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Why ‘The Waltons,’ the classic TV show that just turned 50, wasn’t afraid of religion

During the pandemic lockdown, I rediscovered “The Waltons” and watched all 221 episodes.

Somewhere along the way, I learned that the classic TV show about a Depression-era family in rural Virginia made its prime-time debut on Sept. 14, 1972.

That’s 50 years ago.

I started emailing myself notes about religion references in specific episodes — those with titles such as “The Sinner,” “The Sermon” and “The Baptism” — and marked the anniversary date on my calendar. Journalists are always looking for a story, don’t you know?

I pitched a piece to The Associated Press. To my delight, Global Religion news director David Crary and news editor Holly Meyer let me write it.

Speaking of AP friends, Matt Curry and I worked together in the Dallas bureau from 2003 to 2005. Curry later left journalism and attended Brite Divinity School at Texas Christian University. He’s a big fan of “The Waltons,” and his family’s experience became the lede for my feature:

The Rev. Matt Curry’s parents were children of the Great Depression, just like “The Waltons” — the beloved TV family whose prime-time series premiered 50 years ago.

When Curry was growing up on a farm in northern Texas, his carpenter father and teacher mother often argued playfully over who had a poorer childhood.

“The Depression was the seminal time of their lives — the time that was about family and survival and making it through,” said Curry, now a 59-year-old Presbyterian pastor in Owensboro, Kentucky. “My dad used to talk about how his dad would go work out of town and send $5 a week to feed and clothe the family.”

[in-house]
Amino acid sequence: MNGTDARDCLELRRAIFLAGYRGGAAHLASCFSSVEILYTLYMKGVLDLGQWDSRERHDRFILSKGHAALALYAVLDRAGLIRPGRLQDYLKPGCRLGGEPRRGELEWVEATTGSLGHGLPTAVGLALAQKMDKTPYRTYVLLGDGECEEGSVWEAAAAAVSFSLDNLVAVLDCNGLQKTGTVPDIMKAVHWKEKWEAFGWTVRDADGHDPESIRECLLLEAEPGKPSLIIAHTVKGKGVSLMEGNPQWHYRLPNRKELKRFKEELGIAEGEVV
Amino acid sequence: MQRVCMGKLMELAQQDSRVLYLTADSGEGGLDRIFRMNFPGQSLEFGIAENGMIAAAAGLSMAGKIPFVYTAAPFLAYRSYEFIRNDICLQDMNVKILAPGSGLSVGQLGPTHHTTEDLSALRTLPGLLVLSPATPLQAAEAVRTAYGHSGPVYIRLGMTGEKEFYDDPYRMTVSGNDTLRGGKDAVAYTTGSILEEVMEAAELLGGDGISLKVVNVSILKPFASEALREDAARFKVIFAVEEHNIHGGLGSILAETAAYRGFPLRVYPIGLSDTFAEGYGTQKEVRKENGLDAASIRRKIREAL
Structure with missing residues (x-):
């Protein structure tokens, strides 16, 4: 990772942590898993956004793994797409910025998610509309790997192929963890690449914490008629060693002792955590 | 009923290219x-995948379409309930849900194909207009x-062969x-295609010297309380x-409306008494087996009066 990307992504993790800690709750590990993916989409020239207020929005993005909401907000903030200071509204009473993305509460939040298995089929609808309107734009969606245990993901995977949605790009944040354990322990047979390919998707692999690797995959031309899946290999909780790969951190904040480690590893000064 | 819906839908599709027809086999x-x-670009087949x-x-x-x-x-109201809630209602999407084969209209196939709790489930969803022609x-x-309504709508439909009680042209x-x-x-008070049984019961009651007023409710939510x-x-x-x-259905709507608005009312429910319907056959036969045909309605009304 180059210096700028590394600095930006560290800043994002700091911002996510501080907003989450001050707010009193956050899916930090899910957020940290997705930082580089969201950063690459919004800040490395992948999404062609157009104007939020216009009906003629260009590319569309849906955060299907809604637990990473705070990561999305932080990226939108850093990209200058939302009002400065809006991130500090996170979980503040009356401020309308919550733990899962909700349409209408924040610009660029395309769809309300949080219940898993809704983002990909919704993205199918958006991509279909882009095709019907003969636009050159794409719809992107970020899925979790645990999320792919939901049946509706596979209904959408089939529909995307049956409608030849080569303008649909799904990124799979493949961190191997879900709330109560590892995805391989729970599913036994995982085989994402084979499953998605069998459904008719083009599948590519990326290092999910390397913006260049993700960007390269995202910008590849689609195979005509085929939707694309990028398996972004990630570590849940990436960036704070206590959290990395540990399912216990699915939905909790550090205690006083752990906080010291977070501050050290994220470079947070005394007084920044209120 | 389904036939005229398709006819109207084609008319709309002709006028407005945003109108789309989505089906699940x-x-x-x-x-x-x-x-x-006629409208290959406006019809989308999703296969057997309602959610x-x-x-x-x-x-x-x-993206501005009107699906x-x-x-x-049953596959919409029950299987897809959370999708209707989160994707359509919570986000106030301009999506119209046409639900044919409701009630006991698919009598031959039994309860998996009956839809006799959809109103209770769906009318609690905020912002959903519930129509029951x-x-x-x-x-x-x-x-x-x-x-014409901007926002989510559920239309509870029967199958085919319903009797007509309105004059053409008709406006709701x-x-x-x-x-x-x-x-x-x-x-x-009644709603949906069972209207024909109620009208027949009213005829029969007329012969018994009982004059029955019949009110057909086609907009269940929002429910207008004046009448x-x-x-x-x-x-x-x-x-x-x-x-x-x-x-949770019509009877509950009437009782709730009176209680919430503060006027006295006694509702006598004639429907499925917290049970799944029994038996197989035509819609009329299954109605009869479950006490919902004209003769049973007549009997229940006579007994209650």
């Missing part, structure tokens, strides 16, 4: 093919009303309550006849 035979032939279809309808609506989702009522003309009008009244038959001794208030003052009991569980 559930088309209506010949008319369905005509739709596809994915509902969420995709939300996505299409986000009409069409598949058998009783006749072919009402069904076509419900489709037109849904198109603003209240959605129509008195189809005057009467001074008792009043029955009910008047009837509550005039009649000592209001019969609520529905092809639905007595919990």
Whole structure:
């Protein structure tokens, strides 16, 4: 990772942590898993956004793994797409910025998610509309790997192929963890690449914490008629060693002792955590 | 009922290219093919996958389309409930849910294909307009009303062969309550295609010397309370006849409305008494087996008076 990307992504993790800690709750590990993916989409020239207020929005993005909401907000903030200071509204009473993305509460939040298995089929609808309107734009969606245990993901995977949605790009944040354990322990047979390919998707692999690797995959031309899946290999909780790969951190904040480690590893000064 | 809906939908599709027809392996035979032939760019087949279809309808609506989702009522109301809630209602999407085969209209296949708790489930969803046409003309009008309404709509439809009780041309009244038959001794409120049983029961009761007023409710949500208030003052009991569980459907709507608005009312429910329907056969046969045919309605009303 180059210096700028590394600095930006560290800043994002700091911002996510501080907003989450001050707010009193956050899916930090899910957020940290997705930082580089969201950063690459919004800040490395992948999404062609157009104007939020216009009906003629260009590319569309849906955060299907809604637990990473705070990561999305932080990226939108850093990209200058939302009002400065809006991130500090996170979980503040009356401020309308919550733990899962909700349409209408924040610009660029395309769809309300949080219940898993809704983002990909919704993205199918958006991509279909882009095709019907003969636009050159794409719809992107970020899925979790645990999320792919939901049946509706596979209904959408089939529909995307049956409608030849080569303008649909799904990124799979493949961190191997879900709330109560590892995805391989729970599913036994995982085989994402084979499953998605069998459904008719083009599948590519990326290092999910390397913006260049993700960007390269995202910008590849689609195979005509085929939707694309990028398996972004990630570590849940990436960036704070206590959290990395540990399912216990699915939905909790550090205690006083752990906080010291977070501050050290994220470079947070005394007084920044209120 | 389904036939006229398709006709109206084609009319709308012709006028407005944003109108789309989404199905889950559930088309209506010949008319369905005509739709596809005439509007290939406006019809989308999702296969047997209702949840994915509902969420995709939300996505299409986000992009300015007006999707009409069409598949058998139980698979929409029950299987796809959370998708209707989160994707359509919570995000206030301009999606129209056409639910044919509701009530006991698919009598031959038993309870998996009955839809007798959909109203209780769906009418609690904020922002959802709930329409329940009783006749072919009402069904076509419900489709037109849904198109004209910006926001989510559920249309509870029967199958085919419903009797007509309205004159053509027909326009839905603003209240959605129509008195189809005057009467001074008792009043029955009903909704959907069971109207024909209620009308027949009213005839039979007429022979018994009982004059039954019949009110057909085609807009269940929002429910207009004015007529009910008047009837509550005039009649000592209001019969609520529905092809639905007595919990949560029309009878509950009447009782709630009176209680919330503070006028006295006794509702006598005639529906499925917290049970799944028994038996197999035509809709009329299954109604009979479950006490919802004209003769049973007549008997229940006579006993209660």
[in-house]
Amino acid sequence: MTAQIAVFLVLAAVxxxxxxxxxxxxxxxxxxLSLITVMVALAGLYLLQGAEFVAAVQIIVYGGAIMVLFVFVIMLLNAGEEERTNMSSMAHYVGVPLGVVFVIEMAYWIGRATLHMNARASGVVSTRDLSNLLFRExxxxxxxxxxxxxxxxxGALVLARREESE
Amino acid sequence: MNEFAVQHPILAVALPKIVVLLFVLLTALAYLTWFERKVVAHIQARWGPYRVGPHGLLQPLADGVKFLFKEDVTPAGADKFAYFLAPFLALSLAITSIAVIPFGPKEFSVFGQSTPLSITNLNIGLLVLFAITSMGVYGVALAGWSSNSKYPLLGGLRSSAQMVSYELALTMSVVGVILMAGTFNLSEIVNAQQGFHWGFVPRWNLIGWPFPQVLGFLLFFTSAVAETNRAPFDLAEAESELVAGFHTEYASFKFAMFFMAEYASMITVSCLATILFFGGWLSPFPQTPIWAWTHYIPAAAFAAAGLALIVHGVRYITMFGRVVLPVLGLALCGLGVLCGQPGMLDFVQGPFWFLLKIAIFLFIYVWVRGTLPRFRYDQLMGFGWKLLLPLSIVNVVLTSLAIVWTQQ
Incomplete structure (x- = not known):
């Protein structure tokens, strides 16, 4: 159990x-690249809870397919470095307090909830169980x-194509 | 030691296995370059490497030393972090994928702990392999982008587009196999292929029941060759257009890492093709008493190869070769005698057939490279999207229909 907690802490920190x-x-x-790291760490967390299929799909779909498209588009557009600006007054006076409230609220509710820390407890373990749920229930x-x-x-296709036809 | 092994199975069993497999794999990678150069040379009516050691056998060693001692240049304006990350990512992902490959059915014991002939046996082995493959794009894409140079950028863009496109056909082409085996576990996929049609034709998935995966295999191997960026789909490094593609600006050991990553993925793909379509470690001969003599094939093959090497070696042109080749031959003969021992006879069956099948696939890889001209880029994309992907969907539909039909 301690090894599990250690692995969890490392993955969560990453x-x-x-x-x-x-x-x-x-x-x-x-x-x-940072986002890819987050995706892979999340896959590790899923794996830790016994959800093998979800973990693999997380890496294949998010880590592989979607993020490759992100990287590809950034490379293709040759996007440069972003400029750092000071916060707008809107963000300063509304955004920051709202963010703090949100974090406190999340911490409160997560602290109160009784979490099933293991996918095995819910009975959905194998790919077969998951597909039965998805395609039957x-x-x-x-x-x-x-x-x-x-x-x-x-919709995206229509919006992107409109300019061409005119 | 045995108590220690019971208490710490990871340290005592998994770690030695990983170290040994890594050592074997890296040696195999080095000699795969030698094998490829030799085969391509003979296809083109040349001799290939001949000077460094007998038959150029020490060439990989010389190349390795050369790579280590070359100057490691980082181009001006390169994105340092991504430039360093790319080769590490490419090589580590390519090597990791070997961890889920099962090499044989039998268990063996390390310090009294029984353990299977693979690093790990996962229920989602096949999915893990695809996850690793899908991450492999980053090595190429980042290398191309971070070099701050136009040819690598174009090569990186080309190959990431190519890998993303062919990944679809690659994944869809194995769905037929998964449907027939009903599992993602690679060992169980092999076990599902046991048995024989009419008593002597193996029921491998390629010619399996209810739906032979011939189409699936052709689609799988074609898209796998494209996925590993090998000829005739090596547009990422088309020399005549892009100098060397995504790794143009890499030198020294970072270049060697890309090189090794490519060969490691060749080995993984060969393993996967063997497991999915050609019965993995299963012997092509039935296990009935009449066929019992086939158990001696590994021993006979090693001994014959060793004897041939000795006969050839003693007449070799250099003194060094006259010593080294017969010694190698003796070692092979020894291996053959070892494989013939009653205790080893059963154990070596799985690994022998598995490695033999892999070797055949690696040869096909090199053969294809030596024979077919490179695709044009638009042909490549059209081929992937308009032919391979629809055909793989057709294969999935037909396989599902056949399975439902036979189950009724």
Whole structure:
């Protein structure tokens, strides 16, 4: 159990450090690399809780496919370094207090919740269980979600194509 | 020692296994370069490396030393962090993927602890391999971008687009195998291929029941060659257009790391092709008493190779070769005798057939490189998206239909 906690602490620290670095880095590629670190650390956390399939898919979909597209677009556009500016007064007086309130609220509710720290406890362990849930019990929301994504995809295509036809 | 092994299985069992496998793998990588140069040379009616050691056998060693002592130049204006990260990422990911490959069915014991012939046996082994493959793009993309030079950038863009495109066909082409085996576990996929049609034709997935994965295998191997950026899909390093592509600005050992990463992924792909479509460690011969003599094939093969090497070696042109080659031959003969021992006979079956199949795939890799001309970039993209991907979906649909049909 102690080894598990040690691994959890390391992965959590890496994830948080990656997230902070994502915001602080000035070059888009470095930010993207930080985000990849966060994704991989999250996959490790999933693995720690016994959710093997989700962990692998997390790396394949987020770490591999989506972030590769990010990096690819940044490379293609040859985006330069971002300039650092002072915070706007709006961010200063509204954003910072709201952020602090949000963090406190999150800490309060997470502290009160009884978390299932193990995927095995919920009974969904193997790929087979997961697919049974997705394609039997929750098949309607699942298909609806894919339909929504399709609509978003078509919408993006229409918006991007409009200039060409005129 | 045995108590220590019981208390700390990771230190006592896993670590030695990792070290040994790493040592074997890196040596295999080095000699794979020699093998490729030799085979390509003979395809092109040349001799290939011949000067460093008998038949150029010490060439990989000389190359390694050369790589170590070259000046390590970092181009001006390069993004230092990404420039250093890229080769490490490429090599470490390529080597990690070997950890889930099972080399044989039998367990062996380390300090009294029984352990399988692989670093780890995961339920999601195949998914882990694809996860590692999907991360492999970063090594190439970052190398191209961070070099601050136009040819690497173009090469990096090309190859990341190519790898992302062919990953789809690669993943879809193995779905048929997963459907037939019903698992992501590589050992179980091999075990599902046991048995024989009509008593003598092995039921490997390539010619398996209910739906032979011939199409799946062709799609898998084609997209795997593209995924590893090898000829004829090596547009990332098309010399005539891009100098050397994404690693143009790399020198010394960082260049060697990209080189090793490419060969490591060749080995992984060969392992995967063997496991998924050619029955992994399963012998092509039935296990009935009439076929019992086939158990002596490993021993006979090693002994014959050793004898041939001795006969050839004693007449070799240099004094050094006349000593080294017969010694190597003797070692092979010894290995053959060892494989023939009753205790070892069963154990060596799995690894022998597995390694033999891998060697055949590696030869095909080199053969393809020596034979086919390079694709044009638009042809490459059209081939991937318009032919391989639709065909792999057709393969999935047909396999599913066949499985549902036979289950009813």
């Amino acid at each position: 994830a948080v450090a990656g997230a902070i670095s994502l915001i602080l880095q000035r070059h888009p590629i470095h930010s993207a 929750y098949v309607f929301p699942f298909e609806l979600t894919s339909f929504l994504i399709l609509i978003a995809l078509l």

So when “The Waltons,” set in 1932 and running through World War II, debuted on CBS on Sept. 14, 1972, the Currys identified closely with the storylines.

I enjoyed interviewing two stars of “The Waltons”: Richard Thomas (John-Boy Walton) and Kami Cotler (Elizabeth Walton).

The story explores how the series delved into spiritual themes at a time when the TV networks tended to avoid them. As for the reason, Thomas points to the show’s creator, the late Earl Hamner Jr., on whose life the fictional series is based:

“The religious aspect of the show had to do with the fact that Earl Hamner was talking about a time and a place … where those issues were very much in play,” said Thomas, now a grandfather of four. “I mean, in a small community in the mountains of Virginia in the Depression, if you don’t deal with the church aspect of things, then you don’t deal with things as they were.”

In a 1976 episode, a judge trying to persuade John-Boy, an aspiring writer, not to print an embarrassing story in the Blue Ridge Chronicle tells him: “John, you’re taking yourself and your paper much too seriously. You’re not representing the New York Times or even the Charlottesville Progress. You’re a little county newspaper.”

“Judge Thornbury,” John-Boy responds, “I’m very well aware of the fact that I’m not in the same league with any of those newspapers in many ways, but I like to think I have something in common with them, and that’s a little bit of integrity.”

A cool thing: My AP story made Wednesday’s front page of the Charlottesville Progress — about 25 miles from where Hamner grew up.

Read the rest of the column.

BOBBY ROSS JR. is Editor-in-Chief of The Christian Chronicle. Reach him at [email protected].

“Weekend Plug-in,”  featuring analysis, insights and top headlines from the world of faith, is produced each week by Religion Unplugged.

Filed under: Culture depression Elizabeth Walton entertainment family TV Features Inside Story John-Boy Kami Cotler National Opinion Richard Thomas television The Waltons Top Stories Virginia Weekend Plug-In

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